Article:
Tales from the #NightShift

These “Humans of New York“-style vignettes – excerpts from #NightShift, an Instagram essay —  are killer. Here’s one in its entirety:

“My mother was the night baker before me,” she says. Kelly’s 27. She started baking donuts when she was seven. It was a punishment. “My mom was the night baker,” she says again. “If I was, you know, ‘naughty,’ she took me with her.” If Kelly was naughty, she went to work with her mom and made donuts. She did that for years. She quit. She came back. She’s been working here a year-and-a-half. Night baker, like her mom. She takes her smoke breaks out front, because there’s no camera out back. “We’ve been robbed before,” she says. Man walked in the back door. Emptied the safe. Kelly wasn’t working. “I’m just lucky,” she says. She’s quitting again in two weeks. She’s going to be a security guard. “Fifteen dollars an hour.” The sum makes her marvel. She won’t mind the hours. She doesn’t really like people who work days. “The night shift, I’m wired for it,” she says. She’s a natural. She’ll come back for coffee, but she doesn’t eat donuts anymore.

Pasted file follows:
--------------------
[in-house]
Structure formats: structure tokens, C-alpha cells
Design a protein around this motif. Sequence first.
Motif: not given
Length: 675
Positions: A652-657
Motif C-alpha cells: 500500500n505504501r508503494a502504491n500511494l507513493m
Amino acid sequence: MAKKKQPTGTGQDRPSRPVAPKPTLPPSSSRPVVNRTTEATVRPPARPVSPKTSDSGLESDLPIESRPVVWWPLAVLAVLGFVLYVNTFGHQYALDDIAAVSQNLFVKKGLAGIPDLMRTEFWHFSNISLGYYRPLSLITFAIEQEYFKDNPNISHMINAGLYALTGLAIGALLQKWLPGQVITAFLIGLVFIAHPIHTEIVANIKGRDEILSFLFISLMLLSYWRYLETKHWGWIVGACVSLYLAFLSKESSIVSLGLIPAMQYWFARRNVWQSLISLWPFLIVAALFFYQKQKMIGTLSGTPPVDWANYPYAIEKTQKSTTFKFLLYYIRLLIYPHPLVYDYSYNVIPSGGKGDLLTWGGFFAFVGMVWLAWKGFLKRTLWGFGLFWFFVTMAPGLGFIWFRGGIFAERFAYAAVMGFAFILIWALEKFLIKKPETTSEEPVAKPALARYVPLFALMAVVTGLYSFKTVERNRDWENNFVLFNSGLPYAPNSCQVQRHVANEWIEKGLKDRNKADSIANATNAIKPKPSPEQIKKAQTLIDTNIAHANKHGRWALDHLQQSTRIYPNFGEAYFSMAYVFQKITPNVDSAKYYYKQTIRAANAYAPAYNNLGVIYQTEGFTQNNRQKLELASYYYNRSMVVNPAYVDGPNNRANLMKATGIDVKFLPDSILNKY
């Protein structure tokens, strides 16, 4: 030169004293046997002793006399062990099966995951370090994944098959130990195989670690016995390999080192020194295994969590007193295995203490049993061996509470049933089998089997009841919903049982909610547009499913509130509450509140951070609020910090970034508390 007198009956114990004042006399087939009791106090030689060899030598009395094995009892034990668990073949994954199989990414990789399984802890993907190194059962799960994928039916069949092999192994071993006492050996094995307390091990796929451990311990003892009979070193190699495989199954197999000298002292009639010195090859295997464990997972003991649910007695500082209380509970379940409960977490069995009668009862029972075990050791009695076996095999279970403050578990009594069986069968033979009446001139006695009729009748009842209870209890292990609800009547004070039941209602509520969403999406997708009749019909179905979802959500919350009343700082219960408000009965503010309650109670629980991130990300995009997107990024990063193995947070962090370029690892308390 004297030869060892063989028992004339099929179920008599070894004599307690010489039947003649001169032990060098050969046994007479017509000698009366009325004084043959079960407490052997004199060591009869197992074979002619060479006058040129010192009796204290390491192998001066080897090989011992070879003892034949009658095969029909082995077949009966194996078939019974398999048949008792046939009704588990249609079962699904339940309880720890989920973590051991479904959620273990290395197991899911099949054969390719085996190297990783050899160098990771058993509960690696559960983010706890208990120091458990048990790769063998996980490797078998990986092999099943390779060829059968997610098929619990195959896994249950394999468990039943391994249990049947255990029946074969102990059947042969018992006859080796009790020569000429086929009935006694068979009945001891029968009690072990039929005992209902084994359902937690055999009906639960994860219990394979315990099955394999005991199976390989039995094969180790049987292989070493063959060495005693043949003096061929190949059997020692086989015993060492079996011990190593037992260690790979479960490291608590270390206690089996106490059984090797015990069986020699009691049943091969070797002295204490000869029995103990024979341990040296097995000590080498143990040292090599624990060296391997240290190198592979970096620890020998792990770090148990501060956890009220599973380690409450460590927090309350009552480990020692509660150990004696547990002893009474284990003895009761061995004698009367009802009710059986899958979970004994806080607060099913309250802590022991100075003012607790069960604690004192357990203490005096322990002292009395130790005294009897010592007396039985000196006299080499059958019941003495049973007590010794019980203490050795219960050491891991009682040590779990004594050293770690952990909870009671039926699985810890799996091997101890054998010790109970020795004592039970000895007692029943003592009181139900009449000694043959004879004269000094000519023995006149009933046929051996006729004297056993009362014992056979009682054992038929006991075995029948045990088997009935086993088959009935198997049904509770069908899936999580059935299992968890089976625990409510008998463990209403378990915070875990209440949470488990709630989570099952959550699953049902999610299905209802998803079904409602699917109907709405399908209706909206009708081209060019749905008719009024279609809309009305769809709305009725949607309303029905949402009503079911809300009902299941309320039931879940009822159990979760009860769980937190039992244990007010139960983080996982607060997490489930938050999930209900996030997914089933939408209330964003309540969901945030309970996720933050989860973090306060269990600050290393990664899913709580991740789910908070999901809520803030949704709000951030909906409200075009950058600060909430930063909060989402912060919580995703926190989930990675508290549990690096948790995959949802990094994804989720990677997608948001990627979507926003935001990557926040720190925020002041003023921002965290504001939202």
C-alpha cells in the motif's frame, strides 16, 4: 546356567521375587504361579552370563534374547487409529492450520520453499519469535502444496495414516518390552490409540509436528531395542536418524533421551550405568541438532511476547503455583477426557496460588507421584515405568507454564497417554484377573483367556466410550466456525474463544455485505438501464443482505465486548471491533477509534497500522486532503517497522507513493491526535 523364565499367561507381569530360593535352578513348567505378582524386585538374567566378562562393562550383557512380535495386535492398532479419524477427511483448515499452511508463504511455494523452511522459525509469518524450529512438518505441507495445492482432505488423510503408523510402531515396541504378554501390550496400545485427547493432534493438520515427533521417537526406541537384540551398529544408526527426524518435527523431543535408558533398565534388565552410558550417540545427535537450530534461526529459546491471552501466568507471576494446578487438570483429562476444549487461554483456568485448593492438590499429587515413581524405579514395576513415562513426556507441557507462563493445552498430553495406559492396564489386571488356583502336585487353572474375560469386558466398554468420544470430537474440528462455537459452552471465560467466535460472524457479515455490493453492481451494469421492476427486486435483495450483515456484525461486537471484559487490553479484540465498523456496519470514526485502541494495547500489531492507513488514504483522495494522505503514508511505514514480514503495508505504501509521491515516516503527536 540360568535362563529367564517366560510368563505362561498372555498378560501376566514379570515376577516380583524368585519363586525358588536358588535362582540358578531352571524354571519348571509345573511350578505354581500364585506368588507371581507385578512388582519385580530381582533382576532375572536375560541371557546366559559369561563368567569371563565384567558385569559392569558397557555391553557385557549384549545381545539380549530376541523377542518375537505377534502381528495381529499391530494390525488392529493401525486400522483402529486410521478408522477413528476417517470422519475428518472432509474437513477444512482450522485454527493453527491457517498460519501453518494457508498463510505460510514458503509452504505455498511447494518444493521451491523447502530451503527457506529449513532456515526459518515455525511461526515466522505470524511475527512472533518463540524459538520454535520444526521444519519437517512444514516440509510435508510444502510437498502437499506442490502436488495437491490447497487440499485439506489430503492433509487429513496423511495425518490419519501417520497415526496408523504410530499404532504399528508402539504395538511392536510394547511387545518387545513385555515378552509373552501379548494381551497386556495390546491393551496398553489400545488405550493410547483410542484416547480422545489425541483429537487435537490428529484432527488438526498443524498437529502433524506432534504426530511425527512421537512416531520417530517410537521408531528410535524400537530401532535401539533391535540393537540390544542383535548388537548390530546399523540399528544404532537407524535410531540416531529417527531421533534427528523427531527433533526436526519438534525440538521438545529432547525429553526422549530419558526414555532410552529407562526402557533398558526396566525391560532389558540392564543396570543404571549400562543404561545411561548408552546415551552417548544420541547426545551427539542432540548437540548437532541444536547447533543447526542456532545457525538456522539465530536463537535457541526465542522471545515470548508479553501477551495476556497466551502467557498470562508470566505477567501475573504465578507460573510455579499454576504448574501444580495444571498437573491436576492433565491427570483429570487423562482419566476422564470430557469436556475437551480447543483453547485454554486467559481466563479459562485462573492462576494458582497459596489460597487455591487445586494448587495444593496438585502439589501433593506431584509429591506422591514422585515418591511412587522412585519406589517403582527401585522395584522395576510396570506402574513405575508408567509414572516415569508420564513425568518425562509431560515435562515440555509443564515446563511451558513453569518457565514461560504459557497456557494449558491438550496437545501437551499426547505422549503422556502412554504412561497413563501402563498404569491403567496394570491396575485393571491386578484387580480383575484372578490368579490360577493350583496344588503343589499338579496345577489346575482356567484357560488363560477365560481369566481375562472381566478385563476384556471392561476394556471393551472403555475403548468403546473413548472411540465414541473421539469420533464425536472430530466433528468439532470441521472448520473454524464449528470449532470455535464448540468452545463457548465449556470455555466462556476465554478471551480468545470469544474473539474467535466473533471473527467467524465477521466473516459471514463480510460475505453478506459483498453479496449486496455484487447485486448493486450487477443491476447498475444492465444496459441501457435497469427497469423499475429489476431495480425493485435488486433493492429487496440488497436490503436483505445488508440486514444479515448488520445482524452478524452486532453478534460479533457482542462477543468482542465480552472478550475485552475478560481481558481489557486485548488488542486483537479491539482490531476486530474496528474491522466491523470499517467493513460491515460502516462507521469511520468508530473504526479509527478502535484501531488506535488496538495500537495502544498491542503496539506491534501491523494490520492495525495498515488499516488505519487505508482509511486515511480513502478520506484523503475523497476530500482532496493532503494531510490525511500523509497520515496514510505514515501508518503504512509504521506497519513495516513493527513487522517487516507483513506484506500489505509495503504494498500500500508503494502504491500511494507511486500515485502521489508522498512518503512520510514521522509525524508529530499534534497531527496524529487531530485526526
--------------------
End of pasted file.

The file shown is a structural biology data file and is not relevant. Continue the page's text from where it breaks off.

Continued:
Other professions represented include Taco Bell manager, road-worker, CVS employee. As the author/artist says, “I saw these people, and I wanted you to see them, too.”

My Time on the Assembly Line Working Alongside the Robots That Would Replace Us

The small town I grew up in was surrounded by factories and existed for the sole reason of supporting the local paper mill, which employed most of our residents and brought people in from outside cities. In the surrounding areas, there were numerous paper mills and medical supply factories. Everyone in my immediate family worked in a factory at one time or another; some still do.